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Subject: Age of Reason tactics book recommendation rss

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Nicola Ciabatti
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I'm sure it's been asked and discussed before, but I can't find it on the forums (I think it depends on me, as I can never find anything on the forums), so I'm asking: can someone please recommend some good book on warfare and battle tactics in the Age of Reason?
I'm asking becuse I'm considering to try the Battles from the Age of Reason (BAR) series. Thanks in advance.
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Lance Runolfsson
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My two favorite books on the subject. And the only ones I really know of.

Frederick The Great on the Art of war
http://www.amazon.com/Frederick-The-Great-Art-War/dp/0306809...

The Military Experience in the Age of Reason: 1715-1789
http://www.amazon.com/The-Military-Experience-Age-Reason/dp/...

Though I am never sure that historical practice ever really translates in to game practice. Except at a superficial level.
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Christina Kahrl
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Beyond Lance's excellent pair of recommendations, I'd suggest the second edition of Duffy's "The Army of Frederick the Great":

http://www.amazon.com/Army-Frederick-Great-Christopher-Duffy...

He wrote the second edition after deciding that the original needed major revisions as a result of what he'd learned in his research for "Instrument of War: The Austrian Army in the Seven Years War," particularly where tactical flexibility and what Bob Kalinowski might refer to as KK (or Kleiner Krieg):

http://www.amazon.com/INSTRUMENT-OF-WAR-Austrian-Seven/dp/18...

I own and have read the the former, but have not yet picked up a copy of the latter, which is why I can recommend one and not the other.

Because of the expanding interest and historiography in KK-related topics, there also seems to be an expanding body of work on tactics from the American Revolution; I'm about to dive into Mark Urban's "Fusiliers: The Saga of a British Redcoat Regiment":

http://www.amazon.com/Fusiliers-British-Regiment-American-Re...

... and "With Zeal & Bayonets Only" looks interesting:

http://www.amazon.com/With-Zeal-Bayonets-Only-Commanders/dp/...

Hope that helps!

Christina
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Eric Walters
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"...the art of manoeuvering armies...an art which none may master by the light of nature. but to which, if he is to attain success, a man must serve a long apprenticeship." -- G.F.R. Henderson
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Brent Nosworthy's THE ANATOMY OF VICTORY: BATTLE TACTICS 1689-1763. That will at least get you through the Wars of Frederick the Great if not quite the American Revolution.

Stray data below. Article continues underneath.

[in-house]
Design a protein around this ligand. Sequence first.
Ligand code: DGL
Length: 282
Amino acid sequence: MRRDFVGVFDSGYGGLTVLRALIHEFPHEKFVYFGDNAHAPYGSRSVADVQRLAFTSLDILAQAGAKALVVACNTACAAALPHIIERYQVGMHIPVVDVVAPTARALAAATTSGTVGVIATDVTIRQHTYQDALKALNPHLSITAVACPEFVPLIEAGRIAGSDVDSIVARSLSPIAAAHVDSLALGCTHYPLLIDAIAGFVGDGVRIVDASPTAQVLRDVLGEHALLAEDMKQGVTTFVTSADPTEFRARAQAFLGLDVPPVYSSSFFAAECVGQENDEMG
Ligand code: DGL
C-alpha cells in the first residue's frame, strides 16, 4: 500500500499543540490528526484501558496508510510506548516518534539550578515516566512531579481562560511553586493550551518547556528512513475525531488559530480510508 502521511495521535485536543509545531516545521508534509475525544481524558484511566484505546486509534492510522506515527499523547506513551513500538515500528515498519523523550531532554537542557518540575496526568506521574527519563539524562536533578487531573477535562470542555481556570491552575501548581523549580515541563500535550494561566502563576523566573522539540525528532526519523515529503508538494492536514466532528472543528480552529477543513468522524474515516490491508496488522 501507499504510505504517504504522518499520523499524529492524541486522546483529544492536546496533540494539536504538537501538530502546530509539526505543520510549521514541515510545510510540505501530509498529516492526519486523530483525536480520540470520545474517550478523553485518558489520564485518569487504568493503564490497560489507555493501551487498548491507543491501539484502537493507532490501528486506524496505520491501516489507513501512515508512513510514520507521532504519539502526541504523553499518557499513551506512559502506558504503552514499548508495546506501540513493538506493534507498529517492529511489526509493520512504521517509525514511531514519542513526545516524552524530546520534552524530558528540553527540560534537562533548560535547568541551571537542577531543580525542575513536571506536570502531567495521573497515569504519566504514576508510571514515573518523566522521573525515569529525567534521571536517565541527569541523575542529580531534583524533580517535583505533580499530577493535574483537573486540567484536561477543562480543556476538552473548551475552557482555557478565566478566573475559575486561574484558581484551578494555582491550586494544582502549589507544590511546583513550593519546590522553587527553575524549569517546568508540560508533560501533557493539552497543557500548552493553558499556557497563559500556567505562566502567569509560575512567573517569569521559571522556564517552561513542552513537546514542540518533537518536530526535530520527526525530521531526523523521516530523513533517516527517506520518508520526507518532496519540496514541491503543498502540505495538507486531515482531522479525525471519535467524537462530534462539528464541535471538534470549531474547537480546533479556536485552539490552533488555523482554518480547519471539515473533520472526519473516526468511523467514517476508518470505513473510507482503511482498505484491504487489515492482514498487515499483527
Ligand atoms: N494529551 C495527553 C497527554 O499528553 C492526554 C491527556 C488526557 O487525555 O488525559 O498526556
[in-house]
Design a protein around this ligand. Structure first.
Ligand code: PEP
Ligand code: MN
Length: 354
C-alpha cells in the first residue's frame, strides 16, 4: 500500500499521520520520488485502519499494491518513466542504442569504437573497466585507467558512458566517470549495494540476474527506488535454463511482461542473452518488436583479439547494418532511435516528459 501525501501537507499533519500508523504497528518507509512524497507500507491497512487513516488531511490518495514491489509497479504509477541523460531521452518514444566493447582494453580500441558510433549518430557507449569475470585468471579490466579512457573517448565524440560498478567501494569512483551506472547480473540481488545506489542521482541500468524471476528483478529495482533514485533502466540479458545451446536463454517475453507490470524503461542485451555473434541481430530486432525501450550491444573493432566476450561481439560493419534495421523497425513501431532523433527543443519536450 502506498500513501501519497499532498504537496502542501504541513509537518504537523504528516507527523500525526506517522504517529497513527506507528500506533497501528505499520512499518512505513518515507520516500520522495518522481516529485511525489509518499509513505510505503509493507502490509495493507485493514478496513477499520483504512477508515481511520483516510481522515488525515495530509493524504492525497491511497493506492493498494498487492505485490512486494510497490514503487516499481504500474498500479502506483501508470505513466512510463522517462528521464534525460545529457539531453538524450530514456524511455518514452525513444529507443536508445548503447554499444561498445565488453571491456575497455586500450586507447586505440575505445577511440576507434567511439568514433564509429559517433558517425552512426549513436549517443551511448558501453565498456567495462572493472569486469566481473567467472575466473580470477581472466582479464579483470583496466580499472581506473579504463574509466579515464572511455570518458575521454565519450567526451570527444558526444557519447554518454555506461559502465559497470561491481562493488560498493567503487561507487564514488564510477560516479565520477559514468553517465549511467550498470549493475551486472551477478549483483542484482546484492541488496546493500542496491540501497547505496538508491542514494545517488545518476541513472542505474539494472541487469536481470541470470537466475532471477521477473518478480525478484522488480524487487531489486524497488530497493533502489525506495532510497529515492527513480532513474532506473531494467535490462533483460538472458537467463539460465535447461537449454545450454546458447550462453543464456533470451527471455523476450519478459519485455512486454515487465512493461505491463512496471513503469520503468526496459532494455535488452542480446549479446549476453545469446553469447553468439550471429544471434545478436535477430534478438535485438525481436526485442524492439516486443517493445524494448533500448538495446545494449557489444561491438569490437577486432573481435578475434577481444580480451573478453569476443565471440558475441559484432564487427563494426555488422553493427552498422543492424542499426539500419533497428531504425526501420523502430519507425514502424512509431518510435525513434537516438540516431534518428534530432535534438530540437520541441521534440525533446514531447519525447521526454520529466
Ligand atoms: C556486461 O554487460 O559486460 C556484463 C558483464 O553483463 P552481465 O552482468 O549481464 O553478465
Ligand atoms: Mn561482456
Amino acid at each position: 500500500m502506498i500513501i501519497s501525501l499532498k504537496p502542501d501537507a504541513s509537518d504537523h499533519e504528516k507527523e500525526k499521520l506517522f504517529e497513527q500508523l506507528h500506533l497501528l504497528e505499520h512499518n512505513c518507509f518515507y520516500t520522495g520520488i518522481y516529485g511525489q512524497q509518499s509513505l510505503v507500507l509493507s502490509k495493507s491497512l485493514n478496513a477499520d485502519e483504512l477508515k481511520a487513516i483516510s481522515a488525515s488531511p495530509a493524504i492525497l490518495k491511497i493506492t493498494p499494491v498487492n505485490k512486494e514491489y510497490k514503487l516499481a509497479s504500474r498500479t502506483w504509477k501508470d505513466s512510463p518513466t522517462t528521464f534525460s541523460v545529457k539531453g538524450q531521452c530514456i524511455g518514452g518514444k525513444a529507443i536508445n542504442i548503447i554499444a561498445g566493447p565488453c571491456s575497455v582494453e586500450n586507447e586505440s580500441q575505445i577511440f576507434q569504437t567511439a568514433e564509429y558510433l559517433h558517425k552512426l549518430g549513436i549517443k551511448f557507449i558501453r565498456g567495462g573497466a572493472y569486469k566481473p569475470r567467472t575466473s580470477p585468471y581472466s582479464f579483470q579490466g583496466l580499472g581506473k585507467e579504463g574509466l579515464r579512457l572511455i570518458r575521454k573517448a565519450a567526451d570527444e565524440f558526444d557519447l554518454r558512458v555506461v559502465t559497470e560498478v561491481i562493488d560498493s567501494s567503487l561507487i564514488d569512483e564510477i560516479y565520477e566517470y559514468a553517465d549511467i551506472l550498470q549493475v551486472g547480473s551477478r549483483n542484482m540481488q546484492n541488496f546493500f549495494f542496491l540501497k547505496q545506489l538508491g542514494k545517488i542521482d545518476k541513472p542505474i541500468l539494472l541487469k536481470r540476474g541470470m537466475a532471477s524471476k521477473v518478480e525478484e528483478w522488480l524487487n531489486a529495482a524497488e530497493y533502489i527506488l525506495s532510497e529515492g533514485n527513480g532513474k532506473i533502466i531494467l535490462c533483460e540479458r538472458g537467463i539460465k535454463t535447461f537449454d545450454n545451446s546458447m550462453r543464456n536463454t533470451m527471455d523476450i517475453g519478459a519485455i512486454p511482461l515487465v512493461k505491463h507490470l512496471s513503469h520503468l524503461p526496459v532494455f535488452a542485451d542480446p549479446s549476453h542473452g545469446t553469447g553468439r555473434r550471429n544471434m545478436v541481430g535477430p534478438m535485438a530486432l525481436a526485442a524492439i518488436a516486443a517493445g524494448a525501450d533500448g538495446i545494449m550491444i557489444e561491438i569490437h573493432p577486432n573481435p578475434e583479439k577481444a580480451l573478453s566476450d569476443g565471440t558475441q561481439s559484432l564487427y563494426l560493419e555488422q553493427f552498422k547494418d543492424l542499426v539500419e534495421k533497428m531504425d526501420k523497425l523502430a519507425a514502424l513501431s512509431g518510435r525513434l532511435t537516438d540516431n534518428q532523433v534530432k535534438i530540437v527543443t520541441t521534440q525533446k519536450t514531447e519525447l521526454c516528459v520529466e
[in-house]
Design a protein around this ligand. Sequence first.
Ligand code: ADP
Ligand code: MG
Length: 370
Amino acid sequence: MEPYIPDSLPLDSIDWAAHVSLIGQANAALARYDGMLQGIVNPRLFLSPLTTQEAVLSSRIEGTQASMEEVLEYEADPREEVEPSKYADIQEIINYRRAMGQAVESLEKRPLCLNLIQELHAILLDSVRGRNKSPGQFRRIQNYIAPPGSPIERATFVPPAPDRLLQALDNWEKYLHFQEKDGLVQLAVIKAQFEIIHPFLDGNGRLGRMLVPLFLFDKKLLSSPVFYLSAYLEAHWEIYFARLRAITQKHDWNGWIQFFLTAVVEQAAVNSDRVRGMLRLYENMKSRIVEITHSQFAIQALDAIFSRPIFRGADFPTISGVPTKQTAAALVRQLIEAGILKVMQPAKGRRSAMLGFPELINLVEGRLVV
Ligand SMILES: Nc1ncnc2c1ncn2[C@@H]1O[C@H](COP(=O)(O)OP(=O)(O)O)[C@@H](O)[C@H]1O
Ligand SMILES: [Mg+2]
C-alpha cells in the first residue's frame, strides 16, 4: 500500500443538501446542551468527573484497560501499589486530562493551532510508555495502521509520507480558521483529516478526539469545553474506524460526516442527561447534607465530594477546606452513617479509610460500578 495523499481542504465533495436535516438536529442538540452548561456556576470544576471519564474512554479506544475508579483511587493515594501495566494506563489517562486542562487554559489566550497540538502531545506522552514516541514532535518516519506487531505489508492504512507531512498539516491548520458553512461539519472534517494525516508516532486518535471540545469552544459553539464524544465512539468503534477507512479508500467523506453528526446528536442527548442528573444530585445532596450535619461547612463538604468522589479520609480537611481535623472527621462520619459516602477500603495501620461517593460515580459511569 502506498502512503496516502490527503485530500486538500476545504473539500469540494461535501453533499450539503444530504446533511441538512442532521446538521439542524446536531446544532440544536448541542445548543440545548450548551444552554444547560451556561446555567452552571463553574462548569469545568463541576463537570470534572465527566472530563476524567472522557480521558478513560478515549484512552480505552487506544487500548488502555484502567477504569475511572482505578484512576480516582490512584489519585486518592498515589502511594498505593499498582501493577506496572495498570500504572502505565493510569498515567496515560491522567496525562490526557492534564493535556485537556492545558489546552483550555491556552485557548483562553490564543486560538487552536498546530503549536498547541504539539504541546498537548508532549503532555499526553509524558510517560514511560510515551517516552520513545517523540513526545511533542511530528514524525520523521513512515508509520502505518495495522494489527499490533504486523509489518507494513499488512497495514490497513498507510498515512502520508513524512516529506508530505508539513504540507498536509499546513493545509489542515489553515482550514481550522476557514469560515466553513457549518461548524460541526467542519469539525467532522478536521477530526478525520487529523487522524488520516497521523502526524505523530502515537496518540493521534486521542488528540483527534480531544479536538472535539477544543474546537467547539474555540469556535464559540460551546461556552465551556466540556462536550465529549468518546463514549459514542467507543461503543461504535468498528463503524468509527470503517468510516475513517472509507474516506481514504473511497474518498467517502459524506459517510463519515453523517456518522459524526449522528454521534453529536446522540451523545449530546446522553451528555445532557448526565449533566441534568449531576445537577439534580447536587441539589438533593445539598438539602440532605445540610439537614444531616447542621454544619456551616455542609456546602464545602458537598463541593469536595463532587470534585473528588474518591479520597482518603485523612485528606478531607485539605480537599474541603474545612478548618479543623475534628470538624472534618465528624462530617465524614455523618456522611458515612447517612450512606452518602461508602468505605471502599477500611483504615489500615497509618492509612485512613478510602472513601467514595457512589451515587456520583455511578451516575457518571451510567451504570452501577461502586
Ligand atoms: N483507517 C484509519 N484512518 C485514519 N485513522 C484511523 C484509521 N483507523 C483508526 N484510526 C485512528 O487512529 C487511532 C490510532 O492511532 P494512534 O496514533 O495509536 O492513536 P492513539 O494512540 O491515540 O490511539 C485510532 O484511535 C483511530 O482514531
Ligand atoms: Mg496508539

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Dr Caligari
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I found this book illuminating, though it is hard to find: "The Anatomy of Victory" by Brent Nosworthy.

http://www.amazon.com/Anatomy-Victory-Battle-Tactics-1689-17...


Also, by the same author, there is this book which I have not read, but sounds appropriate: "With Musket Cannon and Sword". Has any one else here read it and can comment on it?

http://www.amazon.com/With-Musket-Cannon-And-Sword/dp/188511...


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Christina Kahrl
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I read and liked Nosworthy's "With Musket Cannon and Sword" several years ago, but decided I preferred Rory Muir's "Tactics & the Experience of Battle in the Age of Napoleon":

http://www.amazon.com/Tactics-Experience-Battle-Age-Napoleon...

As I recall, Nosworthy's book was more concerned with the doctrines and goals of the armies of the period in their training and approach, where Muir was more involved in documenting the messy reality.

To be very fair to Nosworthy, that's a relatively facile comparison, but when I decided to choose between them, I stuck with Muir. There's also the basic reading experience; I simply enjoyed reading Muir more, so as with Gunther Rothenburg's or Paddy Griffith's books that touch on the period, I was predisposed to keeping him around.


Christina
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Nicola Ciabatti
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Thanks everybody for the reccomendations. I'd love to read Nosworthy's "The Anatomy of Vitory" because I've read "With Musket Cannon and Sword" and really liked it, but it's very difficult to find in Europe or, at least, very expensive (on Amazon.co.uk).

To answer Dr Caligari's question, "With Musket Cannon and Sword" is a very good book, but not an appropriate one as it's on the Napoleonic era. In fact, it's the sequel of "The Anatomy of Vitory".
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